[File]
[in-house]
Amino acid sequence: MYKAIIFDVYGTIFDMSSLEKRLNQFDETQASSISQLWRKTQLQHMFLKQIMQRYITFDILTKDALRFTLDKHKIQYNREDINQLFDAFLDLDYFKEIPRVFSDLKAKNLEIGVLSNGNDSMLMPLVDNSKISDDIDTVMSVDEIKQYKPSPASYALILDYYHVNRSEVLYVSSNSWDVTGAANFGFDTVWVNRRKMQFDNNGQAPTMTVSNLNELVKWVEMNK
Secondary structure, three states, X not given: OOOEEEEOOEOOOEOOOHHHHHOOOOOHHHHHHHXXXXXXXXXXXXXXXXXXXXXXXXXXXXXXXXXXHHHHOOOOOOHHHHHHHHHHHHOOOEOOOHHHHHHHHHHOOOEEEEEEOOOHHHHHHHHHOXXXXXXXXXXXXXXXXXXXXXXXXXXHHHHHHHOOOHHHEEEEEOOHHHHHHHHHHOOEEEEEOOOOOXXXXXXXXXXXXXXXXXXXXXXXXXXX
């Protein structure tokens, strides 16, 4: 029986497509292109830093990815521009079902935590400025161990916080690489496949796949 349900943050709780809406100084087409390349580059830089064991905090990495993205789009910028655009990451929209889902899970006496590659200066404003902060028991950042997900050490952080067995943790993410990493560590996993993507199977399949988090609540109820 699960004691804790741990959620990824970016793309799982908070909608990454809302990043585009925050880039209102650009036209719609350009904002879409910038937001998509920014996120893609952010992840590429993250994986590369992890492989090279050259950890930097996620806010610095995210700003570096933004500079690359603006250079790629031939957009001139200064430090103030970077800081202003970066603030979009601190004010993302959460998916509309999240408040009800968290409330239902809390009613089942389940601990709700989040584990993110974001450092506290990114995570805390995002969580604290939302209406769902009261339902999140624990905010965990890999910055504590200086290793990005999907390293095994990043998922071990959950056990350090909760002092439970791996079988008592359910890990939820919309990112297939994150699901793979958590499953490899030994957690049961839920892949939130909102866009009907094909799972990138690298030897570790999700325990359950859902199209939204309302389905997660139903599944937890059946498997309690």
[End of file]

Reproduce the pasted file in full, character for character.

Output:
[in-house]
Amino acid sequence: MYKAIIFDVYGTIFDMSSLEKRLNQFDETQASSISQLWRKTQLQHMFLKQIMQRYITFDILTKDALRFTLDKHKIQYNREDINQLFDAFLDLDYFKEIPRVFSDLKAKNLEIGVLSNGNDSMLMPLVDNSKISDDIDTVMSVDEIKQYKPSPASYALILDYYHVNRSEVLYVSSNSWDVTGAANFGFDTVWVNRRKMQFDNNGQAPTMTVSNLNELVKWVEMNK
Secondary structure, three states, X not given: OOOEEEEOOEOOOEOOOHHHHHOOOOOHHHHHHHXXXXXXXXXXXXXXXXXXXXXXXXXXXXXXXXXXHHHHOOOOOOHHHHHHHHHHHHOOOEOOOHHHHHHHHHHOOOEEEEEEOOOHHHHHHHHHOXXXXXXXXXXXXXXXXXXXXXXXXXXHHHHHHHOOOHHHEEEEEOOHHHHHHHHHHOOEEEEEOOOOOXXXXXXXXXXXXXXXXXXXXXXXXXXX
């Protein structure tokens, strides 16, 4: 029986497509292109830093990815521009079902935590400025161990916080690489496949796949 349900943050709780809406100084087409390349580059830089064991905090990495993205789009910028655009990451929209889902899970006496590659200066404003902060028991950042997900050490952080067995943790993410990493560590996993993507199977399949988090609540109820 699960004691804790741990959620990824970016793309799982908070909608990454809302990043585009925050880039209102650009036209719609350009904002879409910038937001998509920014996120893609952010992840590429993250994986590369992890492989090279050259950890930097996620806010610095995210700003570096933004500079690359603006250079790629031939957009001139200064430090103030970077800081202003970066603030979009601190004010993302959460998916509309999240408040009800968290409330239902809390009613089942389940601990709700989040584990993110974001450092506290990114995570805390995002969580604290939302209406769902009261339902999140624990905010965990890999910055504590200086290793990005999907390293095994990043998922071990959950056990350090909760002092439970791996079988008592359910890990939820919309990112297939994150699901793979958590499953490899030994957690049961839920892949939130909102866009009907094909799972990138690298030897570790999700325990359950859902199209939204309302389905997660139903599944937890059946498997309690």